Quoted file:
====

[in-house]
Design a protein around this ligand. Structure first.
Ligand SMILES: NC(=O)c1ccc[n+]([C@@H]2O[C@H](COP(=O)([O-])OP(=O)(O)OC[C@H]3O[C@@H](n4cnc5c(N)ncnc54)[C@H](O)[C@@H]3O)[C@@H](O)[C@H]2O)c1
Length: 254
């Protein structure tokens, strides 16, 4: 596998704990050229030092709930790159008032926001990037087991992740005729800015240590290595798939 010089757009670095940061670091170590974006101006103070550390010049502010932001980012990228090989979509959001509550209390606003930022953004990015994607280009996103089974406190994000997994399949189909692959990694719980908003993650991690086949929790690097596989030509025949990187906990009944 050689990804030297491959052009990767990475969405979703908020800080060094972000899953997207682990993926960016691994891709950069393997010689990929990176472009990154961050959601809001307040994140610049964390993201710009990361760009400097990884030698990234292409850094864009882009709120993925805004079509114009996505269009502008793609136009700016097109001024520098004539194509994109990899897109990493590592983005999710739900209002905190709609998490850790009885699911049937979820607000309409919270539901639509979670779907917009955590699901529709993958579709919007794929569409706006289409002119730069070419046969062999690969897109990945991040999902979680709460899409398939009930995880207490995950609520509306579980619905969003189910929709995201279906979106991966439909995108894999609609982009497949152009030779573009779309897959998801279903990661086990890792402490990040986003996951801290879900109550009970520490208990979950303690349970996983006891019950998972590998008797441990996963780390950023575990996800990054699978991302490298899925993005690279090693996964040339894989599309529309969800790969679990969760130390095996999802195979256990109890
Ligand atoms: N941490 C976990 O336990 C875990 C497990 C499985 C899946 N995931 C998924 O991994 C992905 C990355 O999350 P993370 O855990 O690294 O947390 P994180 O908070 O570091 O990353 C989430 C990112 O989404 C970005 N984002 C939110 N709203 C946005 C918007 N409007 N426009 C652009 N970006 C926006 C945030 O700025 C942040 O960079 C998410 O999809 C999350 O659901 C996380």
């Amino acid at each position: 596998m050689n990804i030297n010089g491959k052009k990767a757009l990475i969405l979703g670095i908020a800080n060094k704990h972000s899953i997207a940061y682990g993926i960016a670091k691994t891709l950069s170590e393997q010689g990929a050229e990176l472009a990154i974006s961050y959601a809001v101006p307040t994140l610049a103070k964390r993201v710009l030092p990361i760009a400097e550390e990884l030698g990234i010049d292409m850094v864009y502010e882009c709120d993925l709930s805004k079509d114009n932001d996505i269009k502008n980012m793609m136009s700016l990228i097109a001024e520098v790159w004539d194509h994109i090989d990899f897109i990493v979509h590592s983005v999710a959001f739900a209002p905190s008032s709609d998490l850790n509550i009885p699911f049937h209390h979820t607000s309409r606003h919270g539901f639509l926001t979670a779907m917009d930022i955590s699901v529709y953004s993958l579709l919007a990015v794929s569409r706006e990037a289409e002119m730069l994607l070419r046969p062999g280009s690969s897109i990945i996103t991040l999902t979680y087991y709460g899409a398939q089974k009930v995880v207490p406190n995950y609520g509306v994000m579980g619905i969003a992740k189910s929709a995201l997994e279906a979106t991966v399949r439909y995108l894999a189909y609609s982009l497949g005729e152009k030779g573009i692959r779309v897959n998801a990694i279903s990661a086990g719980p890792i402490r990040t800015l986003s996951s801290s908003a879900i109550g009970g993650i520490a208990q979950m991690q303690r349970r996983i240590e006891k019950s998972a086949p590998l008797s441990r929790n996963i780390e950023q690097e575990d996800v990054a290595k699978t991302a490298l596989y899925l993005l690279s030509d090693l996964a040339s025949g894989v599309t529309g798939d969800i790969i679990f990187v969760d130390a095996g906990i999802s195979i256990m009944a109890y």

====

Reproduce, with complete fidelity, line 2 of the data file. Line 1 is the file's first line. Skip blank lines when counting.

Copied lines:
Design a protein around this ligand. Structure first.